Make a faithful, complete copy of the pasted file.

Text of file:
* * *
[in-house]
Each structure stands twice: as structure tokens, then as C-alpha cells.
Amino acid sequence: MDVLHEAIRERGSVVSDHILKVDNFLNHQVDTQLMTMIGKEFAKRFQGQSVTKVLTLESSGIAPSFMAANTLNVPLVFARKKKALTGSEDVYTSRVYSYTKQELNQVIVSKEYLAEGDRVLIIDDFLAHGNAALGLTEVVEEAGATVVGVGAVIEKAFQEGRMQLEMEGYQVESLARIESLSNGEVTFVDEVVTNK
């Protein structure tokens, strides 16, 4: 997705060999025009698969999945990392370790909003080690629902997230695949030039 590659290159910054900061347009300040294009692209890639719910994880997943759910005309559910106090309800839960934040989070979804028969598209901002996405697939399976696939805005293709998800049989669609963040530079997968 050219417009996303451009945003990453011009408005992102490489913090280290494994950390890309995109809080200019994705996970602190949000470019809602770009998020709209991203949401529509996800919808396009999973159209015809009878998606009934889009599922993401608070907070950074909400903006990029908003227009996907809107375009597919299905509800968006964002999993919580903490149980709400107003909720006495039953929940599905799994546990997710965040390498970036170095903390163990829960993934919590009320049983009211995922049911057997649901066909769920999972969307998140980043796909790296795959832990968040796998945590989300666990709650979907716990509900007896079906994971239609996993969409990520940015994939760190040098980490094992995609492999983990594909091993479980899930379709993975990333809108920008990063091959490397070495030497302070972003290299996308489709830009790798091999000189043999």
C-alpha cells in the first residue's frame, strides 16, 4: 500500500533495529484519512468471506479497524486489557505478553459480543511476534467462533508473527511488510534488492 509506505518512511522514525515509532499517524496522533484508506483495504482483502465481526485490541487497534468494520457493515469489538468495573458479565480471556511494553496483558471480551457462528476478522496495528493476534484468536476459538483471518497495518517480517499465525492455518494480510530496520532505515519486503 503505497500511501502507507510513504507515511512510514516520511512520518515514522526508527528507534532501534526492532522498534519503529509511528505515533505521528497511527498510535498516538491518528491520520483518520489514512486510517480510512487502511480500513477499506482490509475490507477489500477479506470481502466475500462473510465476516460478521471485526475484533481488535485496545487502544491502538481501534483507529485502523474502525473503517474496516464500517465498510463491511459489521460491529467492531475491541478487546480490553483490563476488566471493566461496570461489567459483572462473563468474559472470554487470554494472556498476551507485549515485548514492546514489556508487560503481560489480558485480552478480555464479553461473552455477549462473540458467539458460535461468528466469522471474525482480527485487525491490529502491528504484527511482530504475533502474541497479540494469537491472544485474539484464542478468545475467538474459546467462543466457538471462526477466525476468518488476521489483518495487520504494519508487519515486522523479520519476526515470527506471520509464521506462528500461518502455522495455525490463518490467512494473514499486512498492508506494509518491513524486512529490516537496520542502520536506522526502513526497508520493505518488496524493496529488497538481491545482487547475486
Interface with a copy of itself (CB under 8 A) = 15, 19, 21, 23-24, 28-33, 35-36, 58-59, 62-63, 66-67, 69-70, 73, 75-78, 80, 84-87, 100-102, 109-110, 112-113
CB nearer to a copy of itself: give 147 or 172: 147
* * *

[in-house]
Each structure stands twice: as structure tokens, then as C-alpha cells.
Amino acid sequence: MDVLHEAIRERGSVVSDHILKVDNFLNHQVDTQLMTMIGKEFAKRFQGQSVTKVLTLESSGIAPSFMAANTLNVPLVFARKKKALTGSEDVYTSRVYSYTKQELNQVIVSKEYLAEGDRVLIIDDFLAHGNAALGLTEVVEEAGATVVGVGAVIEKAFQEGRMQLEMEGYQVESLARIESLSNGEVTFVDEVVTNK
């Protein structure tokens, strides 16, 4: 997705060999025009698969999945990392370790909003080690629902997230695949030039 590659290159910054900061347009300040294009692209890639719910994880997943759910005309559910106090309800839960934040989070979804028969598209901002996405697939399976696939805005293709998800049989669609963040530079997968 050219417009996303451009945003990453011009408005992102490489913090280290494994950390890309995109809080200019994705996970602190949000470019809602770009998020709209991203949401529509996800919808396009999973159209015809009878998606009934889009599922993401608070907070950074909400903006990029908003227009996907809107375009597919299905509800968006964002999993919580903490149980709400107003909720006495039953929940599905799994546990997710965040390498970036170095903390163990829960993934919590009320049983009211995922049911057997649901066909769920999972969307998140980043796909790296795959832990968040796998945590989300666990709650979907716990509900007896079906994971239609996993969409990520940015994939760190040098980490094992995609492999983990594909091993479980899930379709993975990333809108920008990063091959490397070495030497302070972003290299996308489709830009790798091999000189043999």
C-alpha cells in the first residue's frame, strides 16, 4: 500500500533495529484519512468471506479497524486489557505478553459480543511476534467462533508473527511488510534488492 509506505518512511522514525515509532499517524496522533484508506483495504482483502465481526485490541487497534468494520457493515469489538468495573458479565480471556511494553496483558471480551457462528476478522496495528493476534484468536476459538483471518497495518517480517499465525492455518494480510530496520532505515519486503 503505497500511501502507507510513504507515511512510514516520511512520518515514522526508527528507534532501534526492532522498534519503529509511528505515533505521528497511527498510535498516538491518528491520520483518520489514512486510517480510512487502511480500513477499506482490509475490507477489500477479506470481502466475500462473510465476516460478521471485526475484533481488535485496545487502544491502538481501534483507529485502523474502525473503517474496516464500517465498510463491511459489521460491529467492531475491541478487546480490553483490563476488566471493566461496570461489567459483572462473563468474559472470554487470554494472556498476551507485549515485548514492546514489556508487560503481560489480558485480552478480555464479553461473552455477549462473540458467539458460535461468528466469522471474525482480527485487525491490529502491528504484527511482530504475533502474541497479540494469537491472544485474539484464542478468545475467538474459546467462543466457538471462526477466525476468518488476521489483518495487520504494519508487519515486522523479520519476526515470527506471520509464521506462528500461518502455522495455525490463518490467512494473514499486512498492508506494509518491513524486512529490516537496520542502520536506522526502513526497508520493505518488496524493496529488497538481491545482487547475486
Interface with a copy of itself (CB under 8 A) = 15, 19, 21, 23-24, 28-33, 35-36, 58-59, 62-63, 66-67, 69-70, 73, 75-78, 80, 84-87, 100-102, 109-110, 112-113
CB nearer to a copy of itself: give 147 or 172: 147